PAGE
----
Turn the dough onto a lightly floured work surface, cover and leave to relax for about 5 minutes. Then knead for about 10 minutes or until smooth, springy and elastic (if kneading in a food mixer with a dough hook, 5 minutes is usually long enough). Put the dough into a large bowl and cover the top tightly with clingfilm. Yeast dough rises best in a warm moist atmosphere; 27°C (80.5°F) is optimum, but a slower rising is preferable to one that is too fast.

After about 1½–2 hours, when the dough has more than doubled in size, knead it again for about 2–3 minutes to redistribute the yeast in contact with the dough so it will have a more even crumb. Cover and leave to relax for a further 10 minutes.

Shape the bread into loaves, plaits or rolls, then transfer to a baking tray and cover with a light tea towel. Leave to rise again in a warm place, until the shaped dough has again doubled in size (about 20–30 minutes).

Preheat the oven to 230°C/450°F/gas mark 8.

The bread is ready for baking when a small dent remains if the dough is pressed lightly with the finger. Brush with water and dust with flour for a rustic looking loaf or brush with egg wash and sprinkle with poppy or sesame seeds for a more golden crust.

The bread will rise a little further when it goes into the oven – this is called ‘oven-spring’. Bake for 25–35 minutes, depending on size. When baked, the bread should sound hollow if tapped underneath. Leave to cool on a wire rack.

G0OSE, it’s wholewheat bread hence the darker color. The bumps and ridges are from my dull knife dragging instead of cutting across the top while I tried to score the bread before popping it into the oven. The insides looked (and tasted) prettier than the outside, I should have taken a photo of the nice crumb inside but it’s all gone now :stuck_out_tongue:

Thanks for the tips, I will definitely give the Ballymaloe bread a try, it’s always fun to try new recipes. Hopefully it will turn out ok with any adjustments I need to make (such as dry yeast instead of fresh, etc.)

Today’s baking treat are a couple loafs using white flour instead of wholewheat. Ignore the funny looking patches some of the filling popped out of the sausage rolls.

Yum! I’ve baked every day since my 16kg bag arrived! I made french sticks yesterday and this the day before-

Today no bread but lemon victoria sponge!
If using that balymoe recipe and dried fast yeast (the tiny stuff) use 10.5g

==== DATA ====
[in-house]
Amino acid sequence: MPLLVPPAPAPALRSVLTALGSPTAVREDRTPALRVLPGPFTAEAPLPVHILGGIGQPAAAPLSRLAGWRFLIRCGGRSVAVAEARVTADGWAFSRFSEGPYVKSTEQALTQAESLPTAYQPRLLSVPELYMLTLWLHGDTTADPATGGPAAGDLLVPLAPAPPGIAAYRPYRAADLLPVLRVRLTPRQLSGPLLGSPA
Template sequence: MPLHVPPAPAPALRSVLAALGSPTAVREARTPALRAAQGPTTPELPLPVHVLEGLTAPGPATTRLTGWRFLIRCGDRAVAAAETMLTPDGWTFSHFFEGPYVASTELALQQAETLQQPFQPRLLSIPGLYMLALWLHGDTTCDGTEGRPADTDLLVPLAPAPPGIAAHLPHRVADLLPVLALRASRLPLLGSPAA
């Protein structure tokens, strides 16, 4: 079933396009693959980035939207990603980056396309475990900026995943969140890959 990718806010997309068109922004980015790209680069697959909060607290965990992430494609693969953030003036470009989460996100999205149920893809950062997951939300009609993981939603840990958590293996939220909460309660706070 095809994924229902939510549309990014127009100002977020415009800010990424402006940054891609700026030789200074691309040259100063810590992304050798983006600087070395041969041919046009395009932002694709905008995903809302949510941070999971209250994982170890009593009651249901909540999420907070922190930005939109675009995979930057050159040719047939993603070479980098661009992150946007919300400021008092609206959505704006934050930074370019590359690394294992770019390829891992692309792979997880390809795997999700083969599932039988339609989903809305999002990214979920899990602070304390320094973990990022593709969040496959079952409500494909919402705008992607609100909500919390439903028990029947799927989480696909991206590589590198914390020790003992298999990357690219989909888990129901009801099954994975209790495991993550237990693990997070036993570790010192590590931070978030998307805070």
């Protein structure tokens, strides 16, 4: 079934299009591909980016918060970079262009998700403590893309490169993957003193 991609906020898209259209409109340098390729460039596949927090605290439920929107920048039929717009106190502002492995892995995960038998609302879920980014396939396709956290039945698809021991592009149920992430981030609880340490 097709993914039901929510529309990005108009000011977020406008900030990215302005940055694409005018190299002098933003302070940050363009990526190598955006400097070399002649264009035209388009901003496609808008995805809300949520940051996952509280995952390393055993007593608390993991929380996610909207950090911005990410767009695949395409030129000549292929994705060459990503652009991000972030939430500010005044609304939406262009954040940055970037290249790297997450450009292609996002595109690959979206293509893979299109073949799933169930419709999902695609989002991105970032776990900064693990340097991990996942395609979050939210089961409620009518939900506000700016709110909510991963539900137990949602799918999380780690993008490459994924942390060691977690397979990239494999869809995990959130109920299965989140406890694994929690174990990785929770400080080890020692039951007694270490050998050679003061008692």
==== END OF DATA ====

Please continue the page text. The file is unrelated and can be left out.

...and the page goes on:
Wow those are nice loafs yum yum! I would of thought those were store bought. :smiley:
I’m gonna attempt my first bread loaf this weekend. I’m wanting to make Old cheddar bread.
For the cheddar part, I was thinking…

1) shred cheddar and mix with dry flour
2) proceed with the usual mix and wait and then bake

I’m wanting the cheddar to be evenly mixed when the bread comes out of oven. Is is ok to do it this way?

Make your mix without cheese, mix it up and rest for 40 mins.
Put the cheddar in on the second knead there is a risk the extra salt will affect the rising, then let it settle for 10/15 mins, then shape into loaf, then leave 45 mins (ish) .
Always keep salt/yeast apart (obviously they mix in the end) but definitely don’t let them touch at first or the yeast will be killed too quick.
10 mins from end put grated cheddar on top. Make sure the loaf is nearly cooked first or it’ll drop.
I have been making bread for years and that Ballymaloe white yeast bread recipe rules lol! Never had a bad one since I used it.

Bread is EASY to make but it’s a bugger to master! when you get into it, it’s quite upsetting when things go wrong - but at least you know why when you’ve made 100’s of loaves!
At first it seems a mystery! too much/too little rising/mixing/dry/wet etc
Generally the wetter the better - but the dough HAS to be right for wetter (window panes - google) , as it’ll spread everywhere if not. Drier you can get away with, but it’ll be a worse crumb/texture……and so on……
If you over prove it may collapse, if you under prove it’ll be great fresh/toasted but no good next day.
Mixing… if you under mix the gluten doesn’t evolve, if you over mix you destroy the gluten.
All a very fine balancing act to get it ‘just right’ - but that will come with experience. I hope you enjoy it, I do greatly.
My top tip is put a big mug of cold water (or ice cubes) in the bottom of the oven right before you put the loaf in - this makes steam and helps stop the crust forming so quick and hence a better rise, it’s also more crispy.

G0OSE - thanks for the substitution info.

For the sausage roll, after the first rise, I slightly flatten into a rectangular shape then spread the filling on top. Then slowly fold the end over (or roll) so that the filling stays inside. Slightly press any seams and place underneath for the final proof rise before bake. It’s still fairly evenly spread using this role method.

I prefer this method over mixing into the dough to minimize any filling (especially cheese) being exposed and burning during bake. Even using the roll method some of the filling manages to pop out (as you can see from the photo).

Happy baking (and eating!)